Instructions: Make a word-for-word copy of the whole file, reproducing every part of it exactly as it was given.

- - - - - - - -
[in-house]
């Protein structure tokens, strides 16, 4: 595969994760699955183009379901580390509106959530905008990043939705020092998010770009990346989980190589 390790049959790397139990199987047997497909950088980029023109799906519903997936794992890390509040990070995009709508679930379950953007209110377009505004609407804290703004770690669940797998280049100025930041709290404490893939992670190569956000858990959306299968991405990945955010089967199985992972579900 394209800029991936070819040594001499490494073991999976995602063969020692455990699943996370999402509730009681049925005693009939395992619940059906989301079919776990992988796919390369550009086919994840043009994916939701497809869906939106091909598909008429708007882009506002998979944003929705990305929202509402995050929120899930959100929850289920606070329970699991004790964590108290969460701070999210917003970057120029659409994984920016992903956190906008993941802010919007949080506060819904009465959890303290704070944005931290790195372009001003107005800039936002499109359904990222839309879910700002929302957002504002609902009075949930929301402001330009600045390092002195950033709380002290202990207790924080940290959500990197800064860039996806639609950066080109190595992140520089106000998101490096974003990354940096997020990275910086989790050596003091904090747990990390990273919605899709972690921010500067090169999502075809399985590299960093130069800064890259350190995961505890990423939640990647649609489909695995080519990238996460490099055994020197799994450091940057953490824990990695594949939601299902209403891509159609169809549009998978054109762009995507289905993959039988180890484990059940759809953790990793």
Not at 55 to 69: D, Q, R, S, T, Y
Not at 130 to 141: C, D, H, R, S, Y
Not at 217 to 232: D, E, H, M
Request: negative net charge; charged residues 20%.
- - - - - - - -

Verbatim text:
[in-house]
């Protein structure tokens, strides 16, 4: 595969994760699955183009379901580390509106959530905008990043939705020092998010770009990346989980190589 390790049959790397139990199987047997497909950088980029023109799906519903997936794992890390509040990070995009709508679930379950953007209110377009505004609407804290703004770690669940797998280049100025930041709290404490893939992670190569956000858990959306299968991405990945955010089967199985992972579900 394209800029991936070819040594001499490494073991999976995602063969020692455990699943996370999402509730009681049925005693009939395992619940059906989301079919776990992988796919390369550009086919994840043009994916939701497809869906939106091909598909008429708007882009506002998979944003929705990305929202509402995050929120899930959100929850289920606070329970699991004790964590108290969460701070999210917003970057120029659409994984920016992903956190906008993941802010919007949080506060819904009465959890303290704070944005931290790195372009001003107005800039936002499109359904990222839309879910700002929302957002504002609902009075949930929301402001330009600045390092002195950033709380002290202990207790924080940290959500990197800064860039996806639609950066080109190595992140520089106000998101490096974003990354940096997020990275910086989790050596003091904090747990990390990273919605899709972690921010500067090169999502075809399985590299960093130069800064890259350190995961505890990423939640990647649609489909695995080519990238996460490099055994020197799994450091940057953490824990990695594949939601299902209403891509159609169809549009998978054109762009995507289905993959039988180890484990059940759809953790990793």
Not at 55 to 69: D, Q, R, S, T, Y
Not at 130 to 141: C, D, H, R, S, Y
Not at 217 to 232: D, E, H, M
Request: negative net charge; charged residues 20%.